Barry and Joy Lambert were conferred with Honorary Fellowships at the University of Sydney’s Great Hall today in recognition of their support for medicinal cannabis research.
Mr and Mrs Lambert, whose granddaughter Katelyn has Dravet syndrome – which their family treats with medicinal cannabis – are recognised for their ongoing support and advocacy for research into the efficacy and safety of what some people hope might be the next ‘breakthrough treatment’.
The couple was conferred with Honorary Fellowships by Vice-Chancellor Dr Michael Spence at the Faculty of Medicine and Health graduation ceremony in recognition of their “substantial contributions to research excellence at the University through the establishment of the Lambert Initiative for Cannabinoid Therapeutics”.
In 2015, Barry and Joy pledged $33.7 million to the University of Sydney for research into the therapeutic use of medicinal cannabis at the Brain and Mind Centre. Their gift is being used to fund the Lambert Initiative.
The Lambert Initiative, in the University’s Brain and Mind Centre, is a world-leading research centre focussed on developing safe and effective cannabinoids. The Lambert Initiative is also committed to outreach and routinely provides expert advice and education to medical professionals, pharmacists, the government and the general community.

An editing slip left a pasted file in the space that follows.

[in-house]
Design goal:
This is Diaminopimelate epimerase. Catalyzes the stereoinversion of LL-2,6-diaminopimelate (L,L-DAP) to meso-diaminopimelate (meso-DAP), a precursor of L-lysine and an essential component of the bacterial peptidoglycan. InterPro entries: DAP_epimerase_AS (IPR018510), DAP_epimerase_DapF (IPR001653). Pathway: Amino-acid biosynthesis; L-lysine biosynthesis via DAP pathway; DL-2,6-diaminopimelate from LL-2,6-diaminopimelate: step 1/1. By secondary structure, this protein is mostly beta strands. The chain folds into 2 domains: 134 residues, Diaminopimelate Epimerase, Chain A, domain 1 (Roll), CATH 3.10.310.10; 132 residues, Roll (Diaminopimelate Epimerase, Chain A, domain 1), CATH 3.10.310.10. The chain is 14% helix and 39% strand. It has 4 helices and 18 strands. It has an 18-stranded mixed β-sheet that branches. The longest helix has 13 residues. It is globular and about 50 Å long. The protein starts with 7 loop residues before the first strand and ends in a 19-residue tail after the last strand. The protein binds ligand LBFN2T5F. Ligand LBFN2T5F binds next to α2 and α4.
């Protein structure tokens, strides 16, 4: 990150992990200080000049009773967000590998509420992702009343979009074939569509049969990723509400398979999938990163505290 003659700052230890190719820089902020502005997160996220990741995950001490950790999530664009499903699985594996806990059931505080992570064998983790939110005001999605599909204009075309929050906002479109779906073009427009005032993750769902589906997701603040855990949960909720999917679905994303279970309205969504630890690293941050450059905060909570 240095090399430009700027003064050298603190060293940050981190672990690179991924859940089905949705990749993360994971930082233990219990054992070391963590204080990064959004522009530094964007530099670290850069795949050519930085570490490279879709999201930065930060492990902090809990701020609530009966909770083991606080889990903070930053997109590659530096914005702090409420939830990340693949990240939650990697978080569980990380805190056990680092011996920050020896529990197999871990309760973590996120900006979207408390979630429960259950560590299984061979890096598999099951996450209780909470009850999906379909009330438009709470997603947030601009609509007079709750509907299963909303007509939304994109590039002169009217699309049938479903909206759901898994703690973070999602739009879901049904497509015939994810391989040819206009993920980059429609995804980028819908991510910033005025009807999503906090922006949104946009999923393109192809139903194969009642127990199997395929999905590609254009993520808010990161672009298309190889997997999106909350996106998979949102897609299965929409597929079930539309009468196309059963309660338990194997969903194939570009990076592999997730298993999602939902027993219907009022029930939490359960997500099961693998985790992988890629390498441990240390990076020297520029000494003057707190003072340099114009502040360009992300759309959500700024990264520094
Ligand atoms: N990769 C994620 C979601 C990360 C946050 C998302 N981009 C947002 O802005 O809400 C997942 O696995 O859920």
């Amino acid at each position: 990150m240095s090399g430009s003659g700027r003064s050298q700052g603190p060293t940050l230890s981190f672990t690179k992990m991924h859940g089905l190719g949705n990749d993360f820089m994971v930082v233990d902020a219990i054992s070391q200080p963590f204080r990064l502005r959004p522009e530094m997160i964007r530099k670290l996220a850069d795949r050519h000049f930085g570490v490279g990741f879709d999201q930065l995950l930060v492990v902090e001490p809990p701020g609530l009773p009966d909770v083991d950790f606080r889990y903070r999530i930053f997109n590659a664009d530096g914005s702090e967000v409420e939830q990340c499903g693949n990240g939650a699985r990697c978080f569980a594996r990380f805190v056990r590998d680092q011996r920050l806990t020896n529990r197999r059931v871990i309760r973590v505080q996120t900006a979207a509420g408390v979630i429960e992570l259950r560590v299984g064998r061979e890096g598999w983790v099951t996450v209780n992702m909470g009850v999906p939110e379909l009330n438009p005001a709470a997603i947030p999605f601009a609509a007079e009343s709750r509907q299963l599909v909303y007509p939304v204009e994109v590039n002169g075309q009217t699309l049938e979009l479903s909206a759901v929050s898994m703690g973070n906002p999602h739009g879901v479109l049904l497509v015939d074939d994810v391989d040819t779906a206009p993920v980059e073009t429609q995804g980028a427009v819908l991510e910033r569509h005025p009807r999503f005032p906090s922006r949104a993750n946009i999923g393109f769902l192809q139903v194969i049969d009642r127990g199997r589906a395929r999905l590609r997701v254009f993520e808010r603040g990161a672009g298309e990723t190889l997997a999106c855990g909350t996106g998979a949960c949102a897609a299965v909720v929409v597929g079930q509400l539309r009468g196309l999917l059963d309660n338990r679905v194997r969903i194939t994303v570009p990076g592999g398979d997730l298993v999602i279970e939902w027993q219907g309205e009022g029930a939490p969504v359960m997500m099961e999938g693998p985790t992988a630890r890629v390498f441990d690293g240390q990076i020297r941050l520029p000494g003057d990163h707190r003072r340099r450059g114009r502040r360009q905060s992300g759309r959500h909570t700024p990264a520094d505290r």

Through their spirit of generosity and their strong promotion of research excellence, Barry and Joy have truly changed the lives of thousands – if not millions – of people in Australia and around the world.
The citation reads: Barry and Joy’s continued financial and ideological support has transformed the University’s research efforts in this area and allowed the University to lead Australia and the world in the science of cannabis and cannabinoids. The Lamberts’ support has enabled the creation of state-of-the-art facilities that are now thriving with the research activity of around 40 researchers.
“Both Barry and Joy were driven by the need to alleviate the life-threatening seizures experienced by their granddaughter, Katelyn, who was diagnosed with Dravet syndrome at the age of two. Because of her treatment with medicinal cannabis, Katelyn can now go to school and experience life as a typical eight-year-old.
“Barry and Joy are fierce proponents of the need to change the way we think about cannabis and have campaigned strongly for greater patient access to cannabis-based medications.”
Barry is now the Chairman of Ecofibre, which produces and distributes hemp-derived products to consumers and retailers in the United States.
The citation concludes: “Through their spirit of generosity and their strong promotion of research excellence, Barry and Joy have truly changed the lives of thousands – if not millions – of people in Australia and around the world who suffer from conditions that may be alleviated by the use of safe and effective cannabinoid therapeutics.”